The delicate artwork of Eleanor Percival translates beautifully into her colouring book image of a heavily tattooed lady plucking a pear. Here she talks about her love of fiction, Renaissance paintings and good quality watercolours.
What would be the story of your tattooed lady?
I think she’s a tattooist herself, but a bit of a psychic too. She can see her clients’ true natures and tattoos them with symbols of their characters, good or bad. She’s covered herself with images that represent who she is (I got very caught up in the meanings of tattoos while I was developing this piece, and even added in a couple that would mean something to me if I ever had the guts to get one). She would probably be very sought after, but would also get into trouble with those who didn’t like her representation of them.
Who are your favourite writers and why?
I love strangeness in fiction, the uncanny – Roald Dahl’s short stories for adults seem to be set in the real world, then something knocks the story off-kilter and it feels like another universe. Virginia Woolf is always great but Orlando is, without doubt, my favourite of her books: the way the character moves through history (and genders) is written so cleverly that it barely seems odd at all.
Where did you do your BA and MA courses and what were the best things you learnt on them?
I did my BA at UCA Maidstone, which sadly has been closed down since. The course had been famously good since the sixties, so attracted wonderful staff. They really taught us to have clear motivations in our work – ‘Why have you used red here?’ ‘What does it symbolise?’ ‘What will viewers associate with it?’ Etc. They were also fantastic at driving home to us the practicalities of being an illustrator – how to promote ourselves, how to approach clients, even how to do our accounts. I loved it. I chose to do an MA at Camberwell because I wanted to free up a little, and to refine my style. I’m no Jackson Pollock, but my work has loosened up so much, and I’m more confident.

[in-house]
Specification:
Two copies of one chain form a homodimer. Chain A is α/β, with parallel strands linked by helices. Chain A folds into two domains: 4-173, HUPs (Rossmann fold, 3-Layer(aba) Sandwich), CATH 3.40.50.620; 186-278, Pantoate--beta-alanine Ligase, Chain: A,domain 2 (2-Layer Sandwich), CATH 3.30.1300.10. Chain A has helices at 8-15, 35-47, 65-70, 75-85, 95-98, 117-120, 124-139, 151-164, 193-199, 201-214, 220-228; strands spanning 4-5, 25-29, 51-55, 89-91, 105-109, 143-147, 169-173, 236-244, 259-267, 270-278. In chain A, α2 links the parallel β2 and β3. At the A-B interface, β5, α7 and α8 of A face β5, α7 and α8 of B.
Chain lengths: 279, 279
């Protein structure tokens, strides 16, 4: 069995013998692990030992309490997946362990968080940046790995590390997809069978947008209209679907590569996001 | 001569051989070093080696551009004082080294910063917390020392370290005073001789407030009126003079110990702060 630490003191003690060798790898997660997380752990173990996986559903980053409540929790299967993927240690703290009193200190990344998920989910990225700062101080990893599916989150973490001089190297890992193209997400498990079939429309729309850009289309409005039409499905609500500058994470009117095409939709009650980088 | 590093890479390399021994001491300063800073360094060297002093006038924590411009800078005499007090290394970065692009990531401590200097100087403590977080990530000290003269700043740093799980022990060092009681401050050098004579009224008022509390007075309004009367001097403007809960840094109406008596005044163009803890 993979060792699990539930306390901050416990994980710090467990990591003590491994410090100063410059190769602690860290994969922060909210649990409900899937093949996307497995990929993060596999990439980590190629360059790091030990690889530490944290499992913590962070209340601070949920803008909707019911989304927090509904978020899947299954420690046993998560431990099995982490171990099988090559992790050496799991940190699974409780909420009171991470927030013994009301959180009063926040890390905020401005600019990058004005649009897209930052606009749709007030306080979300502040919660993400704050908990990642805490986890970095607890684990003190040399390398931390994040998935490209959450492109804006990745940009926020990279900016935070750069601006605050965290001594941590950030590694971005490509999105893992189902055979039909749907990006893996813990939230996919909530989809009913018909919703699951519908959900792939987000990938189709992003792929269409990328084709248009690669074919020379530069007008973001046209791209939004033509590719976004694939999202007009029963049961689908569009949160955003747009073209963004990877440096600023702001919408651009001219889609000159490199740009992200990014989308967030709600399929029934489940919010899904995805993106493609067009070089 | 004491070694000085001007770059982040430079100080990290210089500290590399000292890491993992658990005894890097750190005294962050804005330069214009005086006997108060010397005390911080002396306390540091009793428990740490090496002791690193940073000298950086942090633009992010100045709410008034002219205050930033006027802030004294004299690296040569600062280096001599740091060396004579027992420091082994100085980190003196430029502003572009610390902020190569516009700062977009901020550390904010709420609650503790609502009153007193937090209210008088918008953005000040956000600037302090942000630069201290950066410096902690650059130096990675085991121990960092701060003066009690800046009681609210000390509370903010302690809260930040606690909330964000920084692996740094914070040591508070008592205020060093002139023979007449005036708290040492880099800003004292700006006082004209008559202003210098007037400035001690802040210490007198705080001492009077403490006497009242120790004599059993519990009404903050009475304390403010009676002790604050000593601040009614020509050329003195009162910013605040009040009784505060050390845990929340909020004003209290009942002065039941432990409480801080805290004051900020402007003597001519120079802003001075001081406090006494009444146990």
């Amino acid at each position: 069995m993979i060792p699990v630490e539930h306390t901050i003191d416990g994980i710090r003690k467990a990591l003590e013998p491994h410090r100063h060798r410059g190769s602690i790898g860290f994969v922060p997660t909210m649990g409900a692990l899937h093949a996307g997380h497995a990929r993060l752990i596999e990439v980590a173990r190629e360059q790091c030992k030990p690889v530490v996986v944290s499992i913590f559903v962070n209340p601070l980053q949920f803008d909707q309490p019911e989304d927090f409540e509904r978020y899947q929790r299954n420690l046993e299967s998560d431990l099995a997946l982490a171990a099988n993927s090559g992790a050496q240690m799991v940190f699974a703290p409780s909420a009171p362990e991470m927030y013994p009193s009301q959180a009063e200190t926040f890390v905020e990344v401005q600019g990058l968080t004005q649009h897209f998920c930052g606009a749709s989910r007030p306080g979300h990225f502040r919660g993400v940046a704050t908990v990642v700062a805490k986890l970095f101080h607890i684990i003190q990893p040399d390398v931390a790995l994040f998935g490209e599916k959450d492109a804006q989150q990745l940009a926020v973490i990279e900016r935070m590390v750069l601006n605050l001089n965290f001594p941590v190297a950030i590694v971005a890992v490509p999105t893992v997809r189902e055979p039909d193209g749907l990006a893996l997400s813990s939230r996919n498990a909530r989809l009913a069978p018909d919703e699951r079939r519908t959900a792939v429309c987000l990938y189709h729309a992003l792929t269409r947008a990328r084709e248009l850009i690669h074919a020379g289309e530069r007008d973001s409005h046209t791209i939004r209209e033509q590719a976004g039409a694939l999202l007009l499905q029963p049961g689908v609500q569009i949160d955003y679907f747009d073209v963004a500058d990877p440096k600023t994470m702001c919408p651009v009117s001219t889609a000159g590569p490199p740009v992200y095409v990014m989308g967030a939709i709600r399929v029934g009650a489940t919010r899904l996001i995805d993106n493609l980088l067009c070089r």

Who is Atalanta and what attracted you to her story? (see also the opening image)
I knew from the beginning of my MA that I wanted to do a project around fairy tales or mythology, but I also wanted to champion a female character who wasn’t a feeble little princess or a conniving vamp. While I was researching endless Greek myths, a woman called Atalanta kept cropping up. She was always described as the strongest fighter and the fastest runner, and was featured in lots of famous stories, but I’d never heard of her before. So I did some more reading and amalgamated all of the bits I could find about her into my own narrative. She and her lover are turned into mountain lions in the end, but I made this into a happy-ever-after for them.
What kind of references to art history can we expect to see in your art if we look closely?
The strange perspectives and proportions that I love are definitely influenced by Renaissance paintings. They used an obsessive mathematical approach that left a lot of imagery looking quite other-worldly and, though I don’t go anywhere near a ruler when I’m working out a composition, I try to recreate that slightly wonky effect. Indian Miniatures have crept in too – the space is very organised in most of my paintings, details are purposeful and sparse. And my figures often have very gestural poses too.
How do you arrange your workspace and what does typical work day look like?